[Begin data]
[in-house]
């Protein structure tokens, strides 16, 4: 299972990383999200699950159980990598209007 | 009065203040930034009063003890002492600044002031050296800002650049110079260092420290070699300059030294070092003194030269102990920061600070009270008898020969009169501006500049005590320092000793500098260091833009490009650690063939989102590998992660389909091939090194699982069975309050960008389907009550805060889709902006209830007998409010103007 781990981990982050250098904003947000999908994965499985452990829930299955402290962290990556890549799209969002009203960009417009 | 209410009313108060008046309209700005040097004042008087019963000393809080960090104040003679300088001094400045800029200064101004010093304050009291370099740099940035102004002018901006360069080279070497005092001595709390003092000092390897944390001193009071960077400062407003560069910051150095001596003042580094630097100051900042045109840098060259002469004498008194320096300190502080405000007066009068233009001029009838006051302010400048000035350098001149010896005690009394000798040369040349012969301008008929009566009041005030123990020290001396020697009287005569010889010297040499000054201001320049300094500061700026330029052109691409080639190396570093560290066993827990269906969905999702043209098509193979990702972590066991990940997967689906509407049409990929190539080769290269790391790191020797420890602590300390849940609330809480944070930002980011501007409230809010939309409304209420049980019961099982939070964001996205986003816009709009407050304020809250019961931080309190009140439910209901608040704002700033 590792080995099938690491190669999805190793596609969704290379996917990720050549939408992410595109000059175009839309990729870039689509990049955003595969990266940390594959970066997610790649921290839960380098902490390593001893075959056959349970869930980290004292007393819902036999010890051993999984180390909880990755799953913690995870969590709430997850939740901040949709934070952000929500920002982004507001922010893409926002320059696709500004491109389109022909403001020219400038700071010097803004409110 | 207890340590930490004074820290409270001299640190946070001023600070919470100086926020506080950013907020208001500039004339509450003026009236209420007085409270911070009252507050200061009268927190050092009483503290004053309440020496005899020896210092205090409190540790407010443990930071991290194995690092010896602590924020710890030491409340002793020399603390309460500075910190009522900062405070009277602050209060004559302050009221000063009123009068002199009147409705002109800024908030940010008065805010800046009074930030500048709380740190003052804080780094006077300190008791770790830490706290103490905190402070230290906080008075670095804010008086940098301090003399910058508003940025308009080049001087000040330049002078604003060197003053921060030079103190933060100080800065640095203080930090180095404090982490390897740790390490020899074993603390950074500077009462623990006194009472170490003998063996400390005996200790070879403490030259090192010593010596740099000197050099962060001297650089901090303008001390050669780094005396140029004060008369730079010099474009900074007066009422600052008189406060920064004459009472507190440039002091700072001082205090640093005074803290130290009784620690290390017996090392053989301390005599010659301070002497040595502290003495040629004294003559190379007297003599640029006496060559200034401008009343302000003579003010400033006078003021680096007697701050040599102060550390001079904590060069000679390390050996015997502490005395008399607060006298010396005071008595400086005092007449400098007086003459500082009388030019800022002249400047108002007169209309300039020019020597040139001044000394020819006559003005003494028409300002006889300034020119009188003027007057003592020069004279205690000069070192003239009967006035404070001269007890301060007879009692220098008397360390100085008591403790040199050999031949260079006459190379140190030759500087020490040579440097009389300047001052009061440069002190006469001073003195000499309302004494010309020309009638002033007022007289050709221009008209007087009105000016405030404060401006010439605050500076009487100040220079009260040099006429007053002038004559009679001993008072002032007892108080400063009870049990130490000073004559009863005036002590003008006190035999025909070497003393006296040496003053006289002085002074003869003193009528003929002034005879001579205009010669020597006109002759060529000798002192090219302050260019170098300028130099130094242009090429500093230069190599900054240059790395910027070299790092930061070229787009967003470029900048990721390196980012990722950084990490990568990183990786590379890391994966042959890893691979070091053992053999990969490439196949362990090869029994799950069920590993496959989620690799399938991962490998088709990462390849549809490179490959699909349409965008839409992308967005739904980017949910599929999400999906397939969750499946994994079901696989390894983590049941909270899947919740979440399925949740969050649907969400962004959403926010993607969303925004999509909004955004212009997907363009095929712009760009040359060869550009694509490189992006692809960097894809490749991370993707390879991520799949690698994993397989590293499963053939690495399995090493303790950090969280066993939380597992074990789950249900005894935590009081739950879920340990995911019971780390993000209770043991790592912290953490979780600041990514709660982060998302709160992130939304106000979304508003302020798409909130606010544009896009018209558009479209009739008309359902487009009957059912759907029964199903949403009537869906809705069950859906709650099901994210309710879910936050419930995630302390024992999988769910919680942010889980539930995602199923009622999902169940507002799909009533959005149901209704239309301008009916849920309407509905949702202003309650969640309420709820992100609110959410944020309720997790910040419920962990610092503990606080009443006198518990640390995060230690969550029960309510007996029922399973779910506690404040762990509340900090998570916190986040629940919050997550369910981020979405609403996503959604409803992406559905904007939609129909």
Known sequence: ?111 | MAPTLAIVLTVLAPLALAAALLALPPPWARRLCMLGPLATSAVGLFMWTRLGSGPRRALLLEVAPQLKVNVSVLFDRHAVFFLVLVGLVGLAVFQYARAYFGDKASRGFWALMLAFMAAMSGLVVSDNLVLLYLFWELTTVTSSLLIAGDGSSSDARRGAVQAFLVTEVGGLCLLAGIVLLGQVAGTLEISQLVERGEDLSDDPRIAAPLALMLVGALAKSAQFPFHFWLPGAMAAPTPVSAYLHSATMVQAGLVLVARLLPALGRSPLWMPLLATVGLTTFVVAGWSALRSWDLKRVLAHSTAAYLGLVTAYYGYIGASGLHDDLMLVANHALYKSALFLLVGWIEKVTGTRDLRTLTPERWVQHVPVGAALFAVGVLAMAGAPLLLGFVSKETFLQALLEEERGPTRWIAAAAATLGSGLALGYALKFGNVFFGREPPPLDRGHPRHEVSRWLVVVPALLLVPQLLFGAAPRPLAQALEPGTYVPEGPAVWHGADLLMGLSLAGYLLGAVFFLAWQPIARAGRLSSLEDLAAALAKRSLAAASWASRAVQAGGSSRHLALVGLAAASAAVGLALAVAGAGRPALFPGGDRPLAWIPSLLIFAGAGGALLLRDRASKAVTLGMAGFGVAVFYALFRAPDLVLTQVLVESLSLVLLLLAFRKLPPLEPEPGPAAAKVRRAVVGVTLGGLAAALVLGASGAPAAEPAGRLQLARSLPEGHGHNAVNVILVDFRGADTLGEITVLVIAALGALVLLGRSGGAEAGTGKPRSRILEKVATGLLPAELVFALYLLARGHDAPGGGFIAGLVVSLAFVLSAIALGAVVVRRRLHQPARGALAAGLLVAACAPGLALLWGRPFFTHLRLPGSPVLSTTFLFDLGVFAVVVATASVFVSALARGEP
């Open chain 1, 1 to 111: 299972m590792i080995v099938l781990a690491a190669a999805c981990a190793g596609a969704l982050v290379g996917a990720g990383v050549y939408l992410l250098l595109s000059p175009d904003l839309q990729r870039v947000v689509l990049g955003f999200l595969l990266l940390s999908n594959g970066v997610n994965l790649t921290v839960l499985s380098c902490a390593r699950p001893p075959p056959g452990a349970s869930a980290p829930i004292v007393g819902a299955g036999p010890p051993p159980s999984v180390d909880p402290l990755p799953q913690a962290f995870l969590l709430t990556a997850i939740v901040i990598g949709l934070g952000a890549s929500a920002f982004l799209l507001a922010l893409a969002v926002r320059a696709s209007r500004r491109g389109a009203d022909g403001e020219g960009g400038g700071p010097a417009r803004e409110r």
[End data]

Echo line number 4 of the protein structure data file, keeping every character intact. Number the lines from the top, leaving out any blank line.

């Open chain 1, 1 to 111: 299972m590792i080995v099938l781990a690491a190669a999805c981990a190793g596609a969704l982050v290379g996917a990720g990383v050549y939408l992410l250098l595109s000059p175009d904003l839309q990729r870039v947000v689509l990049g955003f999200l595969l990266l940390s999908n594959g970066v997610n994965l790649t921290v839960l499985s380098c902490a390593r699950p001893p075959p056959g452990a349970s869930a980290p829930i004292v007393g819902a299955g036999p010890p051993p159980s999984v180390d909880p402290l990755p799953q913690a962290f995870l969590l709430t990556a997850i939740v901040i990598g949709l934070g952000a890549s929500a920002f982004l799209l507001a922010l893409a969002v926002r320059a696709s209007r500004r491109g389109a009203d022909g403001e020219g960009g400038g700071p010097a417009r803004e409110r």